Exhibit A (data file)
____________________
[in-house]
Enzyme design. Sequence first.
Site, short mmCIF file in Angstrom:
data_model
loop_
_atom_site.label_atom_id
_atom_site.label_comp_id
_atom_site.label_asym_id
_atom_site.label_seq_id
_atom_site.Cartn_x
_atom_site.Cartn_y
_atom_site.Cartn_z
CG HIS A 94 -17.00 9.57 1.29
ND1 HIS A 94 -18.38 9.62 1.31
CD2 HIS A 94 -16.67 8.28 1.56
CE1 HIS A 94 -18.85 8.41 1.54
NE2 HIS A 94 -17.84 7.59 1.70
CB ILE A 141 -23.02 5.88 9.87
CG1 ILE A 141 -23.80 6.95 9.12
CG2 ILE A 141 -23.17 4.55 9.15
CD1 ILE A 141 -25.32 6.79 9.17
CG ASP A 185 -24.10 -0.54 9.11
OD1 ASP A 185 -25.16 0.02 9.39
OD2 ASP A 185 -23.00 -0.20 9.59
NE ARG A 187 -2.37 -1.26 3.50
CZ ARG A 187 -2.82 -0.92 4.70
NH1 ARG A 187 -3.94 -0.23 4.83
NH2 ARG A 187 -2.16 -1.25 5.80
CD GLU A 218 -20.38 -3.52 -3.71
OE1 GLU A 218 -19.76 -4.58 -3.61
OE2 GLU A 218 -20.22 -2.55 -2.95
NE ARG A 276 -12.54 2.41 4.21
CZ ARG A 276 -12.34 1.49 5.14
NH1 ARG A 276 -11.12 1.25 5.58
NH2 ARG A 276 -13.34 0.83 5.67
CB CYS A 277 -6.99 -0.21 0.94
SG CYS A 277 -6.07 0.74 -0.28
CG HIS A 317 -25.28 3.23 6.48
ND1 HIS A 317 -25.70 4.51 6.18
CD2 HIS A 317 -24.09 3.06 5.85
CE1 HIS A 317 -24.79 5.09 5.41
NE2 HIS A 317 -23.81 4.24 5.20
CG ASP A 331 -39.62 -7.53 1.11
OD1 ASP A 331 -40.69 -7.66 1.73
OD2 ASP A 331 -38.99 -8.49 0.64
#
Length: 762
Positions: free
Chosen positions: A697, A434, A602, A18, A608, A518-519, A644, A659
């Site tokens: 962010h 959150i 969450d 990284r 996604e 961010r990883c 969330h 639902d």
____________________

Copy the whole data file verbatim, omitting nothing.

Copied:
[in-house]
Enzyme design. Sequence first.
Site, short mmCIF file in Angstrom:
data_model
loop_
_atom_site.label_atom_id
_atom_site.label_comp_id
_atom_site.label_asym_id
_atom_site.label_seq_id
_atom_site.Cartn_x
_atom_site.Cartn_y
_atom_site.Cartn_z
CG HIS A 94 -17.00 9.57 1.29
ND1 HIS A 94 -18.38 9.62 1.31
CD2 HIS A 94 -16.67 8.28 1.56
CE1 HIS A 94 -18.85 8.41 1.54
NE2 HIS A 94 -17.84 7.59 1.70
CB ILE A 141 -23.02 5.88 9.87
CG1 ILE A 141 -23.80 6.95 9.12
CG2 ILE A 141 -23.17 4.55 9.15
CD1 ILE A 141 -25.32 6.79 9.17
CG ASP A 185 -24.10 -0.54 9.11
OD1 ASP A 185 -25.16 0.02 9.39
OD2 ASP A 185 -23.00 -0.20 9.59
NE ARG A 187 -2.37 -1.26 3.50
CZ ARG A 187 -2.82 -0.92 4.70
NH1 ARG A 187 -3.94 -0.23 4.83
NH2 ARG A 187 -2.16 -1.25 5.80
CD GLU A 218 -20.38 -3.52 -3.71
OE1 GLU A 218 -19.76 -4.58 -3.61
OE2 GLU A 218 -20.22 -2.55 -2.95
NE ARG A 276 -12.54 2.41 4.21
CZ ARG A 276 -12.34 1.49 5.14
NH1 ARG A 276 -11.12 1.25 5.58
NH2 ARG A 276 -13.34 0.83 5.67
CB CYS A 277 -6.99 -0.21 0.94
SG CYS A 277 -6.07 0.74 -0.28
CG HIS A 317 -25.28 3.23 6.48
ND1 HIS A 317 -25.70 4.51 6.18
CD2 HIS A 317 -24.09 3.06 5.85
CE1 HIS A 317 -24.79 5.09 5.41
NE2 HIS A 317 -23.81 4.24 5.20
CG ASP A 331 -39.62 -7.53 1.11
OD1 ASP A 331 -40.69 -7.66 1.73
OD2 ASP A 331 -38.99 -8.49 0.64
#
Length: 762
Positions: free
Chosen positions: A697, A434, A602, A18, A608, A518-519, A644, A659
């Site tokens: 962010h 959150i 969450d 990284r 996604e 961010r990883c 969330h 639902d």